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What is to be taken into account with regard to the material discharge?

Various concepts of the material discharge flapsmo describes various concepts of the material discharge flaps

One task of the material supply is to convey material to the hopper loader on the processing machine. It is equally important how the material is transported from the material tank of the hopper loader to the material hopper on the machine or to the dosing unit. The material discharge plays an important role here. Its diameter and the design of the outlet flap depend to a great extent on the flow properties of the material to be conveyed and of course on the required throughput. In the case of highly viscous powders, a larger outlet diameter than for free-flowing granulate is normally required.

 

In the simplest case, for example for free-flowing granulate, a swivel outlet flap with a counterweight is sufficient, whereby the outlet can also be fitted with a gasket. As soon as there is a vacuum in the hopper loader, the discharge flap is pulled shut and therefore seals the tank. In the ideal case, the flap position (open or closed) is visible from the outside, which helps a fault to be discovered quickly. The counterweight supports the movements of the flap, which remains completely opened in the material after the conveying and discharge process. If the material fill level decreases, the flap swings into its rest position and a switch triggers a requirement message.

 

Malfunctions of the flap due to granule residue left behind can be remedied with an integrated mechanism. A damper on the stop prevents sudden closing of the flap. In this way, granulate residue left behind can be extracted before it is wedged in by the flap and the vacuum cannot be correctly generated.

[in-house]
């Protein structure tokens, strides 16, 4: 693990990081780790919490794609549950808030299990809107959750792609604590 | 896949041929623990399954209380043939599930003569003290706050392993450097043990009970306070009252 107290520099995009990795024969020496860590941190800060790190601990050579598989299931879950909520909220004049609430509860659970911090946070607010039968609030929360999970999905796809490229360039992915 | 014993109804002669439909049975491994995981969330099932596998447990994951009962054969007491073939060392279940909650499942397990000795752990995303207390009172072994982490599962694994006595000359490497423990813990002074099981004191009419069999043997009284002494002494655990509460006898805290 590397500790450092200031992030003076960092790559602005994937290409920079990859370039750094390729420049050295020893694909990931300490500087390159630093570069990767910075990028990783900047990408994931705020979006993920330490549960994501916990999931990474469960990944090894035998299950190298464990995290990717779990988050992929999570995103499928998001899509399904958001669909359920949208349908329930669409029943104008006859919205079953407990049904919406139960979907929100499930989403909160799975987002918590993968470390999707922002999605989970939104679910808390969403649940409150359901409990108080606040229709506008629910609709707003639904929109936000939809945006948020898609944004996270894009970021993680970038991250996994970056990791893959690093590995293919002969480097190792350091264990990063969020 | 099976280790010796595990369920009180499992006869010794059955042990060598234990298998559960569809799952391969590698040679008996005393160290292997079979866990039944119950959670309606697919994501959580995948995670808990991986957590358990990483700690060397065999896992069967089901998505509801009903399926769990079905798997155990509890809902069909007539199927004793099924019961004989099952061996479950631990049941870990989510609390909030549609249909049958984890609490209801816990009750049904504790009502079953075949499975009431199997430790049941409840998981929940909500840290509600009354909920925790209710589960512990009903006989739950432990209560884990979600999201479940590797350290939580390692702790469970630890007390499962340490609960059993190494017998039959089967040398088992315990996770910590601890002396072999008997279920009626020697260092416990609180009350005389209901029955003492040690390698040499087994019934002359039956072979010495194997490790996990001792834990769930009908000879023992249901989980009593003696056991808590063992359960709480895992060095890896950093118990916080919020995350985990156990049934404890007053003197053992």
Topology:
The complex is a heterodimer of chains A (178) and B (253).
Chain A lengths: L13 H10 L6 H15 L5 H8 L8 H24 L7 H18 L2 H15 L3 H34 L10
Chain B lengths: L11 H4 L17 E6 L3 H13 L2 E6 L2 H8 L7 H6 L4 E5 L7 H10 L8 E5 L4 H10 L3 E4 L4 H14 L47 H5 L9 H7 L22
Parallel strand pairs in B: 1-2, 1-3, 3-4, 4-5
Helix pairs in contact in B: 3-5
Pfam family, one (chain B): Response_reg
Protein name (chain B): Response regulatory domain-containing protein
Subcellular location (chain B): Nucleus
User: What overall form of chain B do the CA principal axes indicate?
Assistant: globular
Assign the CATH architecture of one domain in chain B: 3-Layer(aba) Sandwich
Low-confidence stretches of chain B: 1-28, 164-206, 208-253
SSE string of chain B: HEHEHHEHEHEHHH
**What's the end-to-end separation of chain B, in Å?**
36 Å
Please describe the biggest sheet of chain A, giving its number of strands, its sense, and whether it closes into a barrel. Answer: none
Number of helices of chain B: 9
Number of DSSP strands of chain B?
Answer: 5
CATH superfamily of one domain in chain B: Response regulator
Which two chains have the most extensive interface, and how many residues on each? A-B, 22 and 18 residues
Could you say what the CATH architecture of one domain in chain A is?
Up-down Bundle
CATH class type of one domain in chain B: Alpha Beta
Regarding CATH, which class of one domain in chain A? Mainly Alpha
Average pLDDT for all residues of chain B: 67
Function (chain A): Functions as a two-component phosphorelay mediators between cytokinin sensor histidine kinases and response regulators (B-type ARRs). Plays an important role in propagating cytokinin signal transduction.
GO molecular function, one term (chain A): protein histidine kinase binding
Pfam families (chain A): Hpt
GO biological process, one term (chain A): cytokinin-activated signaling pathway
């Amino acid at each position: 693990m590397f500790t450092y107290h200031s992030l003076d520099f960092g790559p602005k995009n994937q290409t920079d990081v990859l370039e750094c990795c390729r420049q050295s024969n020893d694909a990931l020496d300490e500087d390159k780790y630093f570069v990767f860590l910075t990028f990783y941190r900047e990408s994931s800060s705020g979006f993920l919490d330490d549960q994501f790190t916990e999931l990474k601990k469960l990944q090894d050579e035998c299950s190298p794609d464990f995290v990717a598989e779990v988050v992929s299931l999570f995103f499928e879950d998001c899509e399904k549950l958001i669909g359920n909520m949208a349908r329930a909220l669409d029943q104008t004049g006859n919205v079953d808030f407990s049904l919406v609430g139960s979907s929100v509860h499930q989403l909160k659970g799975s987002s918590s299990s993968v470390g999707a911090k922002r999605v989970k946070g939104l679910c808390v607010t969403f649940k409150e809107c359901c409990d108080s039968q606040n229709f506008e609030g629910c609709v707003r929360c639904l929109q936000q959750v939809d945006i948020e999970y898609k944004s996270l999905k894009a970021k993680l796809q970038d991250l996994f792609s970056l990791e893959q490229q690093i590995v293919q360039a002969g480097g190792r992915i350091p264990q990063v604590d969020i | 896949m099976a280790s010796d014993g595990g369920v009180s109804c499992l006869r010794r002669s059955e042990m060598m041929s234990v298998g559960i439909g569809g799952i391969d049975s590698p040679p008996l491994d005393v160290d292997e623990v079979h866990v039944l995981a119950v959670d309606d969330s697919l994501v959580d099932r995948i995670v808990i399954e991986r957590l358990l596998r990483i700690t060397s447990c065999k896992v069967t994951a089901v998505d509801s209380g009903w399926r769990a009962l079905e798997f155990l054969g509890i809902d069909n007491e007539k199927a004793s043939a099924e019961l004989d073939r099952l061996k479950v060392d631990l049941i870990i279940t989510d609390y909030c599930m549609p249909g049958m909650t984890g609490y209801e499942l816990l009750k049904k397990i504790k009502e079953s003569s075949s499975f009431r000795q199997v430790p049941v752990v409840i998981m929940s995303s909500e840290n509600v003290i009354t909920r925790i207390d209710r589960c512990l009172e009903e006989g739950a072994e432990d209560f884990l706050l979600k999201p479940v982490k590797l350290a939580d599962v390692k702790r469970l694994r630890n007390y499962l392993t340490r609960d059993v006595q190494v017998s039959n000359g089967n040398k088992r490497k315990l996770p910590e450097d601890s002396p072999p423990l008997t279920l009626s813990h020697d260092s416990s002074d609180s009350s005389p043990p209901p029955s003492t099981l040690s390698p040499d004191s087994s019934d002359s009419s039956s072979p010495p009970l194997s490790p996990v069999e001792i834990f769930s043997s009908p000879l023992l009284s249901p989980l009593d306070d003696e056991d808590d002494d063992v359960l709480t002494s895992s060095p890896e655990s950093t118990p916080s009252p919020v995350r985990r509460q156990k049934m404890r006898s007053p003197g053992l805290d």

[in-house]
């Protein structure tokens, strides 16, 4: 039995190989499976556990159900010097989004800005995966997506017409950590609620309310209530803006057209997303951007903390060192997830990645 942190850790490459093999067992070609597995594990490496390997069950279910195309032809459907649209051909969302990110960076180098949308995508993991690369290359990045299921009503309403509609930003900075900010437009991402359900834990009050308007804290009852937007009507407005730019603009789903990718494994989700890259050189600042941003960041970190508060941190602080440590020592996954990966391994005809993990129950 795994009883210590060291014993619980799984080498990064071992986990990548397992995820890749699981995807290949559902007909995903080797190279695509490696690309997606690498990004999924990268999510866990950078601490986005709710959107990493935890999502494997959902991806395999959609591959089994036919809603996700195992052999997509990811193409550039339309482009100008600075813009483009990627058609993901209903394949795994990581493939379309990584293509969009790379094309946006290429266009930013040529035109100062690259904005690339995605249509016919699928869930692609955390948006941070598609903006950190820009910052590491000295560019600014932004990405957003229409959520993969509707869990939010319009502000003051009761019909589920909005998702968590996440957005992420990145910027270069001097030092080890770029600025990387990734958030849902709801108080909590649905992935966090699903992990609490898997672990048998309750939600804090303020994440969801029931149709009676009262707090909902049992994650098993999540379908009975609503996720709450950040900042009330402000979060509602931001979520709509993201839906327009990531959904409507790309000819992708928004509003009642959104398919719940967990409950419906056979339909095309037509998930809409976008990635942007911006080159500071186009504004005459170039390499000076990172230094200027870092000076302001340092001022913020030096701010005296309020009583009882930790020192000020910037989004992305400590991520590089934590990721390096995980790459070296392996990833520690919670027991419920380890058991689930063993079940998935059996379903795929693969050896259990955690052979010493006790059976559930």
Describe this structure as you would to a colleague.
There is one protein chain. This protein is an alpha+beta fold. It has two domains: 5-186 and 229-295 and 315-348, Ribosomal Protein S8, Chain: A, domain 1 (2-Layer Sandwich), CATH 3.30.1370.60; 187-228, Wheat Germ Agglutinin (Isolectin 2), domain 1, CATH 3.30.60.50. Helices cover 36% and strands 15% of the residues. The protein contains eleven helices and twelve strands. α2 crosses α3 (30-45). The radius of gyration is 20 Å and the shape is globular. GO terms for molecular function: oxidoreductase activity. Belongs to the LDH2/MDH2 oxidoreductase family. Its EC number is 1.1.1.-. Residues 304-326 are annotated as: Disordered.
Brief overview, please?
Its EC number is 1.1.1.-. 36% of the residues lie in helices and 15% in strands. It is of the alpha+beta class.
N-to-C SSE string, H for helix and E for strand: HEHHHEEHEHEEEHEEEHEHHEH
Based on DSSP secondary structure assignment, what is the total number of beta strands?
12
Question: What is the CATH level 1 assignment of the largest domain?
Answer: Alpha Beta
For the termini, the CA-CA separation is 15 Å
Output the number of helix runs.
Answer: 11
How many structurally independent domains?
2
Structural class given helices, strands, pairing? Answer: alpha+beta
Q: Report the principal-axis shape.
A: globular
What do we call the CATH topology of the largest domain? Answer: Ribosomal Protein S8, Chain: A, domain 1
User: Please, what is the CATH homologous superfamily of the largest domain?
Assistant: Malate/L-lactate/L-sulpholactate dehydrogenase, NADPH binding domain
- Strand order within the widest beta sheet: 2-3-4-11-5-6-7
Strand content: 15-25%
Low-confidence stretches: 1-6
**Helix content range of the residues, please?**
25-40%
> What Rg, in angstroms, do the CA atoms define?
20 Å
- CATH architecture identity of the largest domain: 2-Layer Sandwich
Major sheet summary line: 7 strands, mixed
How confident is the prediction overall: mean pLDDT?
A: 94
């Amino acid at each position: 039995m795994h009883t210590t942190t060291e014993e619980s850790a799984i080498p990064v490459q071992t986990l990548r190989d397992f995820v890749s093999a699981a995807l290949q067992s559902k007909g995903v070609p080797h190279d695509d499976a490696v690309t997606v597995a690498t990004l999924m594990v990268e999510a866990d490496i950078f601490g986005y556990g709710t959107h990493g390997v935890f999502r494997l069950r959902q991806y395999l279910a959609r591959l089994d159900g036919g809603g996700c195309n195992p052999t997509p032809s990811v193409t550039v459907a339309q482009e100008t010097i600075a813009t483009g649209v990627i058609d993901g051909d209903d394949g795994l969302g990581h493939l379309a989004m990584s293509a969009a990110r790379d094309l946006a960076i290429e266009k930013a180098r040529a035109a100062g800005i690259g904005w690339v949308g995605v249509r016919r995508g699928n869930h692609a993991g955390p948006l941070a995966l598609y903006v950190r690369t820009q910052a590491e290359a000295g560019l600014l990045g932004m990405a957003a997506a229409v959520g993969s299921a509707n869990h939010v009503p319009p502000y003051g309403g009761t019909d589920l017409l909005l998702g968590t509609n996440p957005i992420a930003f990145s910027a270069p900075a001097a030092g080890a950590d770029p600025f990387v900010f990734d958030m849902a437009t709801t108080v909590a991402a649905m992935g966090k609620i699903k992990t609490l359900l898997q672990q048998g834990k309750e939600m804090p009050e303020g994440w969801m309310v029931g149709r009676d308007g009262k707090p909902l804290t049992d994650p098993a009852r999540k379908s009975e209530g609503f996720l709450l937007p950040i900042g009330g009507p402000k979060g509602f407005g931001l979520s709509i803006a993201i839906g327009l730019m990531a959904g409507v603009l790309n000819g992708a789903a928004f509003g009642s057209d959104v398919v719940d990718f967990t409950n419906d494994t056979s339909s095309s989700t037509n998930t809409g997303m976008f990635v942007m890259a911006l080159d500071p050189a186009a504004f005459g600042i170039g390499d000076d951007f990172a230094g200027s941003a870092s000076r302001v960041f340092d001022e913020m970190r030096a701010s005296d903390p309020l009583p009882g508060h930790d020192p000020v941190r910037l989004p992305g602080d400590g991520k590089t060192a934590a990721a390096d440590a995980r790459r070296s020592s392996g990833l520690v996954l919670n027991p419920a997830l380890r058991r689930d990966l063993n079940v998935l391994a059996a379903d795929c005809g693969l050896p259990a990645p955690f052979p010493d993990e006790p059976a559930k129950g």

For special applications, for example dosing of viscous powders, a large, controlled rotary flap can ensure optimum material discharge. When opening and closing, the rotary valve acts, so to speak, as a discharge element, whereby it simultaneously prevents the formation of bridges. Even when differential dosing is used (loss-in-weight principle, see Episode 9), a controlled, pneumatic or motorised flap may be required, for example if there is no refill unit. In the case of differential dosing, the complete dosing station with the storage bin including its contents and dosing device is weighed and the weight loss due to the material discharged is measured continuously.

 

If a requirement message is issued – triggered by the fill level sensor in the material hopper of the dosing unit or by the control when the minimum weight is reached – the discharge flap on the hopper loader opens and more material can flow in. At the same time, the dosing system switches from gravimetric to volumetric mode. Then the discharge flap closes and gravimetric mode is resumed.

 

Another application for controlled flaps is conveying of very light material. This prevents delays in the discharge of the material because the flap does not open completely due to the low weight of the material.